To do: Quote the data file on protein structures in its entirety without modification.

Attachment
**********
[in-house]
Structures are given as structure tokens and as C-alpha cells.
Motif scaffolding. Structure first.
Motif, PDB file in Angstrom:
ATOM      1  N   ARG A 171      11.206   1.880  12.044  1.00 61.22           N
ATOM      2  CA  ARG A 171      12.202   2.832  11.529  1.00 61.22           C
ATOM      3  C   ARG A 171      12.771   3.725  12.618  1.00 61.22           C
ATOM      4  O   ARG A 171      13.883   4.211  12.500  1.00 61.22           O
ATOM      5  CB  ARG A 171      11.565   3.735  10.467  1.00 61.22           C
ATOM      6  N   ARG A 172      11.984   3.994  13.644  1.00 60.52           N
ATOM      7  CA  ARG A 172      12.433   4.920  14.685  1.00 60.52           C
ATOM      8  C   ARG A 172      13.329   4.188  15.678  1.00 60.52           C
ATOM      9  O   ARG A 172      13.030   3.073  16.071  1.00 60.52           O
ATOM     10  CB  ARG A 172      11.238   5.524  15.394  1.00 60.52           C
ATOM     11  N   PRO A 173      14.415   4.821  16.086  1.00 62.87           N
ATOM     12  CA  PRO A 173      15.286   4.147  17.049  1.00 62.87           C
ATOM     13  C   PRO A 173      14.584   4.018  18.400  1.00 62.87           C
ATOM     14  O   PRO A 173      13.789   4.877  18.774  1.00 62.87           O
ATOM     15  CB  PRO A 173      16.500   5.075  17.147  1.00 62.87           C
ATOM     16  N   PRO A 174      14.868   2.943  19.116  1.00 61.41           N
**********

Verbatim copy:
[in-house]
Structures are given as structure tokens and as C-alpha cells.
Motif scaffolding. Structure first.
Motif, PDB file in Angstrom:
ATOM      1  N   ARG A 171      11.206   1.880  12.044  1.00 61.22           N
ATOM      2  CA  ARG A 171      12.202   2.832  11.529  1.00 61.22           C
ATOM      3  C   ARG A 171      12.771   3.725  12.618  1.00 61.22           C
ATOM      4  O   ARG A 171      13.883   4.211  12.500  1.00 61.22           O
ATOM      5  CB  ARG A 171      11.565   3.735  10.467  1.00 61.22           C
ATOM      6  N   ARG A 172      11.984   3.994  13.644  1.00 60.52           N
ATOM      7  CA  ARG A 172      12.433   4.920  14.685  1.00 60.52           C
ATOM      8  C   ARG A 172      13.329   4.188  15.678  1.00 60.52           C
ATOM      9  O   ARG A 172      13.030   3.073  16.071  1.00 60.52           O
ATOM     10  CB  ARG A 172      11.238   5.524  15.394  1.00 60.52           C
ATOM     11  N   PRO A 173      14.415   4.821  16.086  1.00 62.87           N
ATOM     12  CA  PRO A 173      15.286   4.147  17.049  1.00 62.87           C
ATOM     13  C   PRO A 173      14.584   4.018  18.400  1.00 62.87           C
ATOM     14  O   PRO A 173      13.789   4.877  18.774  1.00 62.87           O
ATOM     15  CB  PRO A 173      16.500   5.075  17.147  1.00 62.87           C
ATOM     16  N   PRO A 174      14.868   2.943  19.116  1.00 61.41           N